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6 Tips for Developing an Agent Referral Program

For many brokerages, one of the biggest struggles is looking for new real estate agents. You may have mastered the art of crafting attention-grabbing job ads, but they can’t guarantee that you’ll actually receive good applications—let alone find talented agents.

One way to help improve both the efficiency of your recruitment and the quality of your new hires is to develop and implement a referral program within the brokerage. This is because your employees are already familiar with what kind of person would thrive in your company. As a result, they will be able to refer not just qualified candidates but those who have a high chance of staying.
If you don’t have an agent referral program in your brokerage yet, it’s time to develop one. Here are some tips that can help get you started:
Identify Specific Goals
Obviously, the goal of a referral program is to find candidates who are best suited not just for the position but with the company overall. You’ll have more success, however, if you identify more specific goals. For example, you can aim to increase qualified applications by 20% or reduce time to hire by an average of 5 days through the referral program.
By doing this, you can more accurately measure if the program is producing the results you want. If you aren’t hitting your targets, then you can make necessary adjustments to meet your goals.
Use the Right Tools
Keep in mind that while it’s a rather traditional method of hiring, agent referral programs still require the use of modern tools to keep it effective. Make sure to invest in tools like Brokerkit, which can help you manage both your recruitment and retention efforts. If you don’t have real estate recruiting and CRM software yet, make sure to get one before you launch your recruitment initiatives—referral programs included.
Make the Process as Simple as Possible
A referral program’s success is heavily anchored on your employees’ willingness to actually refer people. The problem is that if the process is complicated, then they won’t feel incentivized to participate. After all, referring employees is already outside their usual scope of work.
To make your people more willing to refer potential hires, make the process as simple as possible. Do away with paper forms—real estate agents deal with enough of them on the daily—and implement online forms instead. It may also be a good idea to have a designated dropbox for resumes; this way, employees don’t have to wait for HR or recruitment personnel to personally submit these documents.
Finally, consider developing material that your employees can readily give to potential referrals. These include online brochures for the job post, video presentations with employee testimonials, and a company primer, among others.
Keep the Referrers Updated
While it’s your priority to keep the referred candidates apprised of their application process, you should also give updates to the one who referred them. Is the referred candidate going onto the next round of interviews, or perhaps to be presented with a job offer? Don’t hesitate to inform your employees about what’s happening.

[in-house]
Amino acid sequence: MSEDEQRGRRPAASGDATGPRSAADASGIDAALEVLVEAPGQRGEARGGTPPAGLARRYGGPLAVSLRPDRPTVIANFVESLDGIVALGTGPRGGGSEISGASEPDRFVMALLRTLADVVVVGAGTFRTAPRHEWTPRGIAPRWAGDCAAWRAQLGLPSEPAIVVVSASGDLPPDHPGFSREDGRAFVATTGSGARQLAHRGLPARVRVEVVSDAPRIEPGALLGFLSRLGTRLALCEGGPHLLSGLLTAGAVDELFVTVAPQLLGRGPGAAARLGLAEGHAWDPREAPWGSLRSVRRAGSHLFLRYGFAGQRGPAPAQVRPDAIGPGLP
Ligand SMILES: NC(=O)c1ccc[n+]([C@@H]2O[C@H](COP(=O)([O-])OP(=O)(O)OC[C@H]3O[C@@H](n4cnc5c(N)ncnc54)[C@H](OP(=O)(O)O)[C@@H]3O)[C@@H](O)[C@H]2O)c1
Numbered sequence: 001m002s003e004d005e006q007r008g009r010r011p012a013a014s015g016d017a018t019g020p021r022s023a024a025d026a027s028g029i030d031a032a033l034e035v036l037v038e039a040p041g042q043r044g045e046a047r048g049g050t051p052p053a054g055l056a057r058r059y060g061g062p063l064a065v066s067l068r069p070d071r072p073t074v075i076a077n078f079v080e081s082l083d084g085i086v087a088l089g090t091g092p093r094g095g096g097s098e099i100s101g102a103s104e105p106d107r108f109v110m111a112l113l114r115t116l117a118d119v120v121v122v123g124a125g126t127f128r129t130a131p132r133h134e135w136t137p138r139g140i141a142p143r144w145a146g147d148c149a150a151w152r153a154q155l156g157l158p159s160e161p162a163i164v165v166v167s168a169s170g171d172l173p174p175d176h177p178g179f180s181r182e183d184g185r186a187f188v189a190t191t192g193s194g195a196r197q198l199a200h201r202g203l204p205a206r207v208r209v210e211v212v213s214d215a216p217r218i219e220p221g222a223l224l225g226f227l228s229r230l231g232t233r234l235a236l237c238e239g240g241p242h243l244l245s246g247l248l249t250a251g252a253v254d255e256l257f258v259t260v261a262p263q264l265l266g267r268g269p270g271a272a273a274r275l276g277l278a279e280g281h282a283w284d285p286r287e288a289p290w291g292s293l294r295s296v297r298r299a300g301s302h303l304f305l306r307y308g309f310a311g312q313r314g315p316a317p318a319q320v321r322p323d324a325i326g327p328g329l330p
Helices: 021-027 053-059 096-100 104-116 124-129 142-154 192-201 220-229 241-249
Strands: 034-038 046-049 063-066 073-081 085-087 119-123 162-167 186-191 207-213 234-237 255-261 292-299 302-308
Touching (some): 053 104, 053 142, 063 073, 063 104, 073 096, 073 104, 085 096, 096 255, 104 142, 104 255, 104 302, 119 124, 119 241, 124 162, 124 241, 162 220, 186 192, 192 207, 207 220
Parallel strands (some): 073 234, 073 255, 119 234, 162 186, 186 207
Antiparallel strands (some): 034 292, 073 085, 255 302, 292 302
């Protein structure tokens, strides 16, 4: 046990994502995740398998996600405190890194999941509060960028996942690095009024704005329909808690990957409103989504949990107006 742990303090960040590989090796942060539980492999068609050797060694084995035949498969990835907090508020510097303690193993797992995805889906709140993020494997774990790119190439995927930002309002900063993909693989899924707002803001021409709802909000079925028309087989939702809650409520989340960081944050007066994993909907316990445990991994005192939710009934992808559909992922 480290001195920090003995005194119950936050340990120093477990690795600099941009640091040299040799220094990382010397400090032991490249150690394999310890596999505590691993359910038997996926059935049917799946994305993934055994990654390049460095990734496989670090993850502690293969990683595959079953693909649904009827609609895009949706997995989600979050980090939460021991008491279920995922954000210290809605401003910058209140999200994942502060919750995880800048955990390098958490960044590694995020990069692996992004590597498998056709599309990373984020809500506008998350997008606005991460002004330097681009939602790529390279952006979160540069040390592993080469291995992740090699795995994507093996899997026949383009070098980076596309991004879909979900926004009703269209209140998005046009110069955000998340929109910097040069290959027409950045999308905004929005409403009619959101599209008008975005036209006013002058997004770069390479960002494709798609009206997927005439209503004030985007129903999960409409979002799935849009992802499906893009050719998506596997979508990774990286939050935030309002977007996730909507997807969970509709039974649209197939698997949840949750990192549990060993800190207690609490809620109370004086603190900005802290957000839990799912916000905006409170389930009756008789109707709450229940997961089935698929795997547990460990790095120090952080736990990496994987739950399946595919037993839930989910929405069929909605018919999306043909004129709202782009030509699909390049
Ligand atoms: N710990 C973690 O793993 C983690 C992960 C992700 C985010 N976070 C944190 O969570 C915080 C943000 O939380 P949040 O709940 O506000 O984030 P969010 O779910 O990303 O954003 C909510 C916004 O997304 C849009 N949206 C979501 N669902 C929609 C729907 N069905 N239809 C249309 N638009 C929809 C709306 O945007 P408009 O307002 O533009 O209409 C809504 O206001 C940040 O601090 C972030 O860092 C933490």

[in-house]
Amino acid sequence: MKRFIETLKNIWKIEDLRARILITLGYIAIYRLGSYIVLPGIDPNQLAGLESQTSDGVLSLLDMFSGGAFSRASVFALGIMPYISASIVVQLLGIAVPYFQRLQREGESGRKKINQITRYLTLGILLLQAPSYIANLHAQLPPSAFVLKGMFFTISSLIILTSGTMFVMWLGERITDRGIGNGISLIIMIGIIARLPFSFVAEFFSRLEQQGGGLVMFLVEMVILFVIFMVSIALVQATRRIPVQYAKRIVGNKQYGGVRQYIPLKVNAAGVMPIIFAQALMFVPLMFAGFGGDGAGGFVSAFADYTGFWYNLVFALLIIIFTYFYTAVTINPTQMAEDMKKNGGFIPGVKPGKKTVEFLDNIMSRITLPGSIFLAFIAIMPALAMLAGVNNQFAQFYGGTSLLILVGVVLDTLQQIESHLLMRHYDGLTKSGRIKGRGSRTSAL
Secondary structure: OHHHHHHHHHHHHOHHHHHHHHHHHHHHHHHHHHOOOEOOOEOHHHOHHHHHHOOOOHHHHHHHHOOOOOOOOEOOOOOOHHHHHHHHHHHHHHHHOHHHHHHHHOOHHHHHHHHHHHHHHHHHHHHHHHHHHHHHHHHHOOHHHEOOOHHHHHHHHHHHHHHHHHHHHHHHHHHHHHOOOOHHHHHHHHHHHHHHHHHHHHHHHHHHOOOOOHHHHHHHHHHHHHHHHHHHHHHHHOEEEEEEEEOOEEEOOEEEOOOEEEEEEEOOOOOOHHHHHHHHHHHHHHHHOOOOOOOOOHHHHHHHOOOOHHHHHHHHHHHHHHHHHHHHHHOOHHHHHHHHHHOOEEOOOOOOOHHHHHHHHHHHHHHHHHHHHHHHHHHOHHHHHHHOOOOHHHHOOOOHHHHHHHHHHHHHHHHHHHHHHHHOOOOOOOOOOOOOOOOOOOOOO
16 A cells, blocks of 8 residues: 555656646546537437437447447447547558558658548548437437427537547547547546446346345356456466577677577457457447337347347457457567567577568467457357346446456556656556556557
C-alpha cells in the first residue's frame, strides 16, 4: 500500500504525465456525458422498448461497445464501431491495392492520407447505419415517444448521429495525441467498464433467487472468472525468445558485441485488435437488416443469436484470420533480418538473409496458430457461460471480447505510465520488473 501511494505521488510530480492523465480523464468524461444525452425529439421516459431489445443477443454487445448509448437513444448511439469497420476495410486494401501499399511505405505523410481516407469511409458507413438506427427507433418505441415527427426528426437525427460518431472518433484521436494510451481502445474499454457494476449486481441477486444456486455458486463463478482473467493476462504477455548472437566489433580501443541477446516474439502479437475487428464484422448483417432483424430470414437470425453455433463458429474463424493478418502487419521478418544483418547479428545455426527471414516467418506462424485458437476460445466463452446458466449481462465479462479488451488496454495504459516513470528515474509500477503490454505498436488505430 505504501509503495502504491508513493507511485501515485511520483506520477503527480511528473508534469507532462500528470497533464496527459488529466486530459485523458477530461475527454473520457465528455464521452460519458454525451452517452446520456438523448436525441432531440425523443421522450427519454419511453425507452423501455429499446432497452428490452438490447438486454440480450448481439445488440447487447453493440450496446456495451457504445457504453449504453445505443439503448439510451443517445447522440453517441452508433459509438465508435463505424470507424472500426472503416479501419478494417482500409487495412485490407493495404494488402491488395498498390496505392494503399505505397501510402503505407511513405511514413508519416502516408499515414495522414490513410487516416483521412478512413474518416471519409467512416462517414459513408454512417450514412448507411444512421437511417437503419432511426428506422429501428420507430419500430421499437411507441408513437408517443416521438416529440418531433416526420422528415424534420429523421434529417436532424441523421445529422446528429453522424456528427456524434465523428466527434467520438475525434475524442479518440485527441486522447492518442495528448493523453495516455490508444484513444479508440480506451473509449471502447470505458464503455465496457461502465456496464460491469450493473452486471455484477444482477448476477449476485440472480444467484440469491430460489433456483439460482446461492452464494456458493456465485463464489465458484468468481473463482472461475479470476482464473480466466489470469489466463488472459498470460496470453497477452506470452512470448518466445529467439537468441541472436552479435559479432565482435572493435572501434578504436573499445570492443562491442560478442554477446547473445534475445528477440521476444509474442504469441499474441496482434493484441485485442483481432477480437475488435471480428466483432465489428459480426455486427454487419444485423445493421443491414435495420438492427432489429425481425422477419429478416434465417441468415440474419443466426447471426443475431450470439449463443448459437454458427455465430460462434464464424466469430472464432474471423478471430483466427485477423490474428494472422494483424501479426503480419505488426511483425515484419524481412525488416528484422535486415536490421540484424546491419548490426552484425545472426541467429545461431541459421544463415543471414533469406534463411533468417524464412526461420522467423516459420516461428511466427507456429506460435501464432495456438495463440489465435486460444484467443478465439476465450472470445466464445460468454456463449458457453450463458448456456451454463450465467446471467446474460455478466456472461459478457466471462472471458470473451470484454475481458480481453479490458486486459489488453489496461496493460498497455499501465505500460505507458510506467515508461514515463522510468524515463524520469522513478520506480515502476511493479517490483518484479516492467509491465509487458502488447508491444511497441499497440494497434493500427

When the referred candidate isn’t selected, send a thank you email to the referrer anyway. This way, they will feel acknowledged for their efforts and keep encouraging them to continue referring potential new hires.
Reward the Referrers
One of the biggest drivers of successful real estate referral programs could be the rewards the referrers may receive. Most agents will prefer cash incentives, but you can also offer other forms of rewards such as paid time off, gift cards, or perhaps a new gadget.
To avoid any issues, make sure you’re clear about any stipulations. For example, cash incentives include tax information, so the recipient knows that there will be certain deductions. In addition, you need to state specifically when the rewards will be given. Taking cash incentives as an example, again, you can pay the first half once the referred candidate signs on; then, the other half will be released after the person has lasted two months on the job.
Doing the above can help protect your brokerage and also ensure that the referral is able to give value back to the organization.
Track Your Metrics
Last but certainly not least, you need to keep track of the performance of your referral program. Earlier, it was mentioned that setting specific goals can help make such a project more measurable. Beyond these goals, however, you should also keep an eye on the following metrics:

  • the number of employees who referred candidates
  • the average number of candidates referred by each employee
  • how the time to hire varies between referrals and other recruitment methods
  • how the retention rate differs between referrals and other hires
  • how satisfied are your employees with the referral incentives

By looking at both quantitative and qualitative data, you’ll have a more holistic view of which aspects of your referral program are working effectively and which are not.
What’s great about an agent referral program is that you don’t have to talk up your brokerage to the candidates. Your employees are already doing that for you. Thus, you can allocate more of your time developing other aspects of your recruitment.
Good luck!

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